An increasing number of households end up owing nothing in major federal taxes, but the situation may not be sustainable over the long run.
In 2009, roughly 47% of households, or 71 million, will not owe any federal income tax, according to estimates by the nonpartisan Tax Policy Center.
Some in that group will even get additional money from the government because they qualify for refundable tax breaks.
The ranks of those whose major federal tax burdens net out at zero — or less — is on the rise. The center’s original 2009 estimate was 38%. That was before enactment in February of the $787 billion economic recovery package, which included a host of new or expanded tax breaks. [...]
The vast majority of households making up to $30,000 fall into the category, as do nearly half of all households making between $30,000 and $40,000.
As you move up the income scale the percentages drop.
Nearly 22% of those making between $50,000 and $75,000 end up with no federal income tax liability or negative liability as do 9% of households with incomes between $75,000 and $100,000. [...]
A key reason why there is a zero-liability group at all is because the U.S. tax system is progressive. Those who bring in more money pay more than those lower down the income scale to support government functions such as national defense and social safety nets like Medicaid for those in need. That progressivity can be dialed up or down.
“Some think it’s too progressive. Some don’t think it’s progressive enough,” said Roberton Williams, a senior fellow at the center.
President Obama falls into the latter camp. He has proposed increasing the income tax burden on families making more than $250,000 and individuals making more than $200,000, while offering new measures to reduce the tax bite for most Americans making less.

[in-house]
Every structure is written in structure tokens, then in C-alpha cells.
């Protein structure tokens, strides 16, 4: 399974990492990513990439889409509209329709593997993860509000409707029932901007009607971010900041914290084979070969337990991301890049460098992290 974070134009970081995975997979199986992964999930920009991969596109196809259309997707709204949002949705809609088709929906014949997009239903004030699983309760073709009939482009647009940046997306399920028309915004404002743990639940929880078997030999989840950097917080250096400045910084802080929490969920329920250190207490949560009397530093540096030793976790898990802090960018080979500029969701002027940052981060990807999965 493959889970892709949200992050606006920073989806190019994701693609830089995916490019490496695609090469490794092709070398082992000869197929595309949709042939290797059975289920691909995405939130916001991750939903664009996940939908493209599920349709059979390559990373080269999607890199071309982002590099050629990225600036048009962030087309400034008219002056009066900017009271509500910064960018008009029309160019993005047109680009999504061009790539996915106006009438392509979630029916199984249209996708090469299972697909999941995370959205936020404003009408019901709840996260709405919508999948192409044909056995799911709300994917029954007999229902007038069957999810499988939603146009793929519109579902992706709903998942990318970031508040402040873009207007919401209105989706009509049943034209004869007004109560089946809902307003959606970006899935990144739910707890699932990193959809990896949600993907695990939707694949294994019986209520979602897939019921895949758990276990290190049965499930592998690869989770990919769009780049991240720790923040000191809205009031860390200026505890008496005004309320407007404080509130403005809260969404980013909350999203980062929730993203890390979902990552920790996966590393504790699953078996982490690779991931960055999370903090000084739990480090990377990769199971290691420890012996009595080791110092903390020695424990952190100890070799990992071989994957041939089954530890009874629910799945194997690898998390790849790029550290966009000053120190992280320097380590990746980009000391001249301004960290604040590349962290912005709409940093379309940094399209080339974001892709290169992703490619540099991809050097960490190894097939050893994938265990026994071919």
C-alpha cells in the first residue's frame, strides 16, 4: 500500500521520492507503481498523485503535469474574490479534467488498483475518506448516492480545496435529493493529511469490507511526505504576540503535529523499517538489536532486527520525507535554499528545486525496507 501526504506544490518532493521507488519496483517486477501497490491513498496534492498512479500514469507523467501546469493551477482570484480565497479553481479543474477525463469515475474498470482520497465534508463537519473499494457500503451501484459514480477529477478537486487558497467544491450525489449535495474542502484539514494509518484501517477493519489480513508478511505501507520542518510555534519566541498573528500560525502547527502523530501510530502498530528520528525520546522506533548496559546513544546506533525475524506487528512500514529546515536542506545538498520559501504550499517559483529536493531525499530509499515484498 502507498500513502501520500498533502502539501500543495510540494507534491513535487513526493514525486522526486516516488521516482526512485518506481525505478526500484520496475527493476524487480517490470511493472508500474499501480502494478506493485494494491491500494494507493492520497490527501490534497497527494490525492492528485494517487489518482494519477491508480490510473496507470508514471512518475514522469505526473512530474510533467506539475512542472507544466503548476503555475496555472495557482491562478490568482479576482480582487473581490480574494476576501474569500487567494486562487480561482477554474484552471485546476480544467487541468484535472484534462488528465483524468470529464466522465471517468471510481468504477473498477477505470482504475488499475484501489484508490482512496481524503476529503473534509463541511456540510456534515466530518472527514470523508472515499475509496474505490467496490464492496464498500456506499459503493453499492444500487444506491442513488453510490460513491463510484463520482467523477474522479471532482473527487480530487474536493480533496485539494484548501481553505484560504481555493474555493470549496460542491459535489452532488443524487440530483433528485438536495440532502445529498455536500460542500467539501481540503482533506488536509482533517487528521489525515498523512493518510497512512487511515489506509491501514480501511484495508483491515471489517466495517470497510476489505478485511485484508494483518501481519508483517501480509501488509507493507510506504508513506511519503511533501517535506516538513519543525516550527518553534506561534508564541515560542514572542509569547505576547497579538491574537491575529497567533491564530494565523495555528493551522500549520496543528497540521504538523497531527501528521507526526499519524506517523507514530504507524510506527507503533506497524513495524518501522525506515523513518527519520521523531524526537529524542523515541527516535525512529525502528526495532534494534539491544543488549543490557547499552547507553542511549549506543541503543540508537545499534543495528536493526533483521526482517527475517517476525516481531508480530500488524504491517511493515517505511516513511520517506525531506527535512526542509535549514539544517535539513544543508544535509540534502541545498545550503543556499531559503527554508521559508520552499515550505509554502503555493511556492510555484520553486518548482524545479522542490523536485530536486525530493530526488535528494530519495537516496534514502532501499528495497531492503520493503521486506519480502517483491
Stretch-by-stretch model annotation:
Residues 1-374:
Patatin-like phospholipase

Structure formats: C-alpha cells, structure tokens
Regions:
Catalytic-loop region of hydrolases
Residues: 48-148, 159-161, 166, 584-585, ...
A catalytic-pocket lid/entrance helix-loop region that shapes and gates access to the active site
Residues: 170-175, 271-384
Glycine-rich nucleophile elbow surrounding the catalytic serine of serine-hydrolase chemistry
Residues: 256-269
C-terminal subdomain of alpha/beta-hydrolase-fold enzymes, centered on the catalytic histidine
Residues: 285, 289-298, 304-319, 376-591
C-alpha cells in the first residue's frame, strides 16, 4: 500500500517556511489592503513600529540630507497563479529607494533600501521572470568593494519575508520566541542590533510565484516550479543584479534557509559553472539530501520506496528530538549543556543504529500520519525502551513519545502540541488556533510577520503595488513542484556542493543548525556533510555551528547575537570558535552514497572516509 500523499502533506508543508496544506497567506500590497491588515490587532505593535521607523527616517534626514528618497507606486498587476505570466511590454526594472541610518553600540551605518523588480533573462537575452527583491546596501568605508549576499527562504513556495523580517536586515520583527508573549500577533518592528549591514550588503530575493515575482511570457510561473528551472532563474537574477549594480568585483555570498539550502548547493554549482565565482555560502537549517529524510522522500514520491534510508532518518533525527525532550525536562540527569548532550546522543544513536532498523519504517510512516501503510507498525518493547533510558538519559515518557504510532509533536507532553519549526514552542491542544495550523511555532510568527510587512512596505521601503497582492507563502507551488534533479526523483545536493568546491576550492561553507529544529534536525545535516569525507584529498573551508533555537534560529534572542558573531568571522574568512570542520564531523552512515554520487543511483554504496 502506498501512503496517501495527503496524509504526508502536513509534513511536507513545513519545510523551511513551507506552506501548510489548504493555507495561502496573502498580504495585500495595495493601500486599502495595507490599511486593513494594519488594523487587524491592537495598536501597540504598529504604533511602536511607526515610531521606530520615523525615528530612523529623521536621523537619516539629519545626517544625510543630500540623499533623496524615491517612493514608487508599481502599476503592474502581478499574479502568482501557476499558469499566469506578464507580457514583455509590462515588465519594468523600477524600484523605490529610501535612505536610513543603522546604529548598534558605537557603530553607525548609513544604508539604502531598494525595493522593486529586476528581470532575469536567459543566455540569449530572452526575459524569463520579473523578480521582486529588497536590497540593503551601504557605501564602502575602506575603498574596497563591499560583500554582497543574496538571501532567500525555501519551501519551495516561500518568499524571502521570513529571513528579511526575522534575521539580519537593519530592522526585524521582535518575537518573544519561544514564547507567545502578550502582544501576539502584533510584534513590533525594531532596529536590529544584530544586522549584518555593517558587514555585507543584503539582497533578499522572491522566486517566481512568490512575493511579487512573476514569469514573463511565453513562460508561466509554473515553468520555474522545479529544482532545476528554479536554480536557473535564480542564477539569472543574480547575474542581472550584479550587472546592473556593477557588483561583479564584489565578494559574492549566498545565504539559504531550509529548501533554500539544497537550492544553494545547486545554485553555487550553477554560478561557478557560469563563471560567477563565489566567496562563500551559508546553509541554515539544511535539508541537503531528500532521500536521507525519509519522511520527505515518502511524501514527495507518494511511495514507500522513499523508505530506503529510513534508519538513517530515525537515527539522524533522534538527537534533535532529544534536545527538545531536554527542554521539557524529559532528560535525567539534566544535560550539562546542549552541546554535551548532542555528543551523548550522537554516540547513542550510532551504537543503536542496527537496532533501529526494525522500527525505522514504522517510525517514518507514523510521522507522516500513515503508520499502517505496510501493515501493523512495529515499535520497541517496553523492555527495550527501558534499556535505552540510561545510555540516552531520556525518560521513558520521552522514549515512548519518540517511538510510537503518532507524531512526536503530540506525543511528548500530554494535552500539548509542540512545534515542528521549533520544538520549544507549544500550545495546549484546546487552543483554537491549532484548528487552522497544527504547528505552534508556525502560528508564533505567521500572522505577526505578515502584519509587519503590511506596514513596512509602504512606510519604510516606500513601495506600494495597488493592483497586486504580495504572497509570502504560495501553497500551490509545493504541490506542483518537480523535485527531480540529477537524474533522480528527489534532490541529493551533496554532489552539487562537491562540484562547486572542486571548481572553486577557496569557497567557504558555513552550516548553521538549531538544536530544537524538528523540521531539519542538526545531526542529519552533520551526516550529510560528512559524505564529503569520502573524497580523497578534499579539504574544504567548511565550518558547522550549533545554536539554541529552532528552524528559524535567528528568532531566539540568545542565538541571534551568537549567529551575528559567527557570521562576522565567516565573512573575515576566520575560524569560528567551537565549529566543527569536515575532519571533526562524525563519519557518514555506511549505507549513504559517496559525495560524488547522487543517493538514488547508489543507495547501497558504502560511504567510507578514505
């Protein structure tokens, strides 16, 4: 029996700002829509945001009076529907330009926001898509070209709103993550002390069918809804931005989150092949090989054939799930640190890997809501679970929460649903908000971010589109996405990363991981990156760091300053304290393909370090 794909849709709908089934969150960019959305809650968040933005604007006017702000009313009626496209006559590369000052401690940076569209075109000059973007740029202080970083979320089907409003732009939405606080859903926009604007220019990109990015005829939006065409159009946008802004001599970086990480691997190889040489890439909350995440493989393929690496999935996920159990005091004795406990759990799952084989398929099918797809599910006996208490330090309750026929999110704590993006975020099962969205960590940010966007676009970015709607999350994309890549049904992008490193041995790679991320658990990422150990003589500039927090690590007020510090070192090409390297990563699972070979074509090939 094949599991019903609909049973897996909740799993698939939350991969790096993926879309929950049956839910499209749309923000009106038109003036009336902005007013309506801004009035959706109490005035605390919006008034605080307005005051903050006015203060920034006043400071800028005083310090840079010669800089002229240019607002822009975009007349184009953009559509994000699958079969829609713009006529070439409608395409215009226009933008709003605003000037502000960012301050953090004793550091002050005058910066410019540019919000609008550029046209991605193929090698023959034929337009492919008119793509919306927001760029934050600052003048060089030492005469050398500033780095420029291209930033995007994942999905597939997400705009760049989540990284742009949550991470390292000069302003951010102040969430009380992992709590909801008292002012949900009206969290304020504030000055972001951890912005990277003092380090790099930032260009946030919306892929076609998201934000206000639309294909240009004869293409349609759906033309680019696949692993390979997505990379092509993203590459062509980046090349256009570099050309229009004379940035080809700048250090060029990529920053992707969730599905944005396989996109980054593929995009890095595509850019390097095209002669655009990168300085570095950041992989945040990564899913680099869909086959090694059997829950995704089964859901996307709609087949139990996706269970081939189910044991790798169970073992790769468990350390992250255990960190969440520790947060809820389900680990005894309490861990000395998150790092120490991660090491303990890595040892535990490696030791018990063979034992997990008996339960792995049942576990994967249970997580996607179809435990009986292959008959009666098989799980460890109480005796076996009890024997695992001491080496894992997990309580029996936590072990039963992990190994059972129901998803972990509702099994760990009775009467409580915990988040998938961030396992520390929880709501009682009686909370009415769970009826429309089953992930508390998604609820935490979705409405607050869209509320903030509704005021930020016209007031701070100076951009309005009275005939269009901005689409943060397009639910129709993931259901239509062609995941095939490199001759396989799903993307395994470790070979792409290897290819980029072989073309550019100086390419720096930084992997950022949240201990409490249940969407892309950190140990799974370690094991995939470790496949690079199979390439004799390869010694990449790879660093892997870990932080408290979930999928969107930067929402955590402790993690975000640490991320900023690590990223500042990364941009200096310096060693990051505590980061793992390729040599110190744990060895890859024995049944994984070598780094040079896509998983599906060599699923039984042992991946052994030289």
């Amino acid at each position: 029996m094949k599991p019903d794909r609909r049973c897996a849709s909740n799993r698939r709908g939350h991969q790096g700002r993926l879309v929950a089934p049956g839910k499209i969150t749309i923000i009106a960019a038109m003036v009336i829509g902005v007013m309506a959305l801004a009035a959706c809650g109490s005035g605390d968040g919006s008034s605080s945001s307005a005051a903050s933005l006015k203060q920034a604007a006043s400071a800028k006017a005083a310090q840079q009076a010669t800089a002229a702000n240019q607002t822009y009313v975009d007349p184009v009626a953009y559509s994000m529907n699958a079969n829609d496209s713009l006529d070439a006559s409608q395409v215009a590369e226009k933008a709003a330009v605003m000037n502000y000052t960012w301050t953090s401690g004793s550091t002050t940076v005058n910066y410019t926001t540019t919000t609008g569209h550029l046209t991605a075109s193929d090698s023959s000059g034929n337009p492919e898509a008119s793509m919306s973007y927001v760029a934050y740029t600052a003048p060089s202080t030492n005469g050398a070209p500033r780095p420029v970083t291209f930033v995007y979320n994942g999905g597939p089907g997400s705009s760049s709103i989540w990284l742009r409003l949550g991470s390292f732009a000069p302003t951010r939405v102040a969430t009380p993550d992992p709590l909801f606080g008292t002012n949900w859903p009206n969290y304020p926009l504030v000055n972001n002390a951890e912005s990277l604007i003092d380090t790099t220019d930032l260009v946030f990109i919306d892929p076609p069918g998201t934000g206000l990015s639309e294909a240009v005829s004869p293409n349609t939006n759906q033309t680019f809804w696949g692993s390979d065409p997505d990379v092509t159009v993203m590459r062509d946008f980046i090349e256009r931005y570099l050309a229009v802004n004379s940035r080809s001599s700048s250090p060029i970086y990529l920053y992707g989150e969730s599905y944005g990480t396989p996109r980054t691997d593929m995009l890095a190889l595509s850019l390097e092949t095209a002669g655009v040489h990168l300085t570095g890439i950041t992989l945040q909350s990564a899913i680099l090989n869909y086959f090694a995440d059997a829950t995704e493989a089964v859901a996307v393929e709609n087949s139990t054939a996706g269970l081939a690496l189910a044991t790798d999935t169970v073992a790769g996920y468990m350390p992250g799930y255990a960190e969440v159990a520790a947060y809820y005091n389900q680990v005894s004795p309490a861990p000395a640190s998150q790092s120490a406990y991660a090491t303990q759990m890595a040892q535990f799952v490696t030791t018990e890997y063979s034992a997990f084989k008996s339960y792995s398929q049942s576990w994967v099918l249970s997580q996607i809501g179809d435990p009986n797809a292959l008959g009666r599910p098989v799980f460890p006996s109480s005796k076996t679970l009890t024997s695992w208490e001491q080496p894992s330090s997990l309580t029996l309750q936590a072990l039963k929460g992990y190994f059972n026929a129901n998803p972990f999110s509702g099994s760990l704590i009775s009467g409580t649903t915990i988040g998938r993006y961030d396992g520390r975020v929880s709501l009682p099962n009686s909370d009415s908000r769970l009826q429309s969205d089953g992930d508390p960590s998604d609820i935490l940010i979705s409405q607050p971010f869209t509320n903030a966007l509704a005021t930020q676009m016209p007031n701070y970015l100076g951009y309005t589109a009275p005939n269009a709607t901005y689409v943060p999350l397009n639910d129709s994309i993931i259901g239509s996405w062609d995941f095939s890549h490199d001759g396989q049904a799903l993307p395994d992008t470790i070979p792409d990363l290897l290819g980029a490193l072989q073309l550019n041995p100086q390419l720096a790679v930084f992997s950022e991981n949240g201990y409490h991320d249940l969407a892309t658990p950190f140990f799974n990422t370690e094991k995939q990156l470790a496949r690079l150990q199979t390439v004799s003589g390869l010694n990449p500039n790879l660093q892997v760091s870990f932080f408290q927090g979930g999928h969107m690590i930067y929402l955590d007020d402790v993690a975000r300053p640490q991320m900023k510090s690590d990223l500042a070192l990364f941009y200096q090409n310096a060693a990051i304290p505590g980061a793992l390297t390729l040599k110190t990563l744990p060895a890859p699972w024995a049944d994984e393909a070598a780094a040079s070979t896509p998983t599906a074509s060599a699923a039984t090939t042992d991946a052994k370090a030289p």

…[U]nder Obama’s budget, he would keep the ranks of the non-payers higher than they would otherwise be. [...]
“As the number [of nonpayers] becomes larger, we have to question whether we’ll make good decisions about how to allocate resources,” economist George Zodrow, a professor at Rice University. “Most people don’t understand how skewed the tax distribution is.”
Experts say that to pay for all the things on the country’s growing tab, the money can’t just come from a shrunken pool of taxpayers.
Of course, there’s a very different approach of the two campaigns. As I point out that among those that pay no tax, approximately 47% of Americans, I’m not likely to be highly successful with a message of lowering taxes. That’s not as attractive to those who don’t pay income taxes as to those who do. And likewise, those who are reliant on government are not as attracted to my message of slimming down the size of government…
The president and I have two very different approaches to the future of America and what it takes to ignite our economy and put people back to work.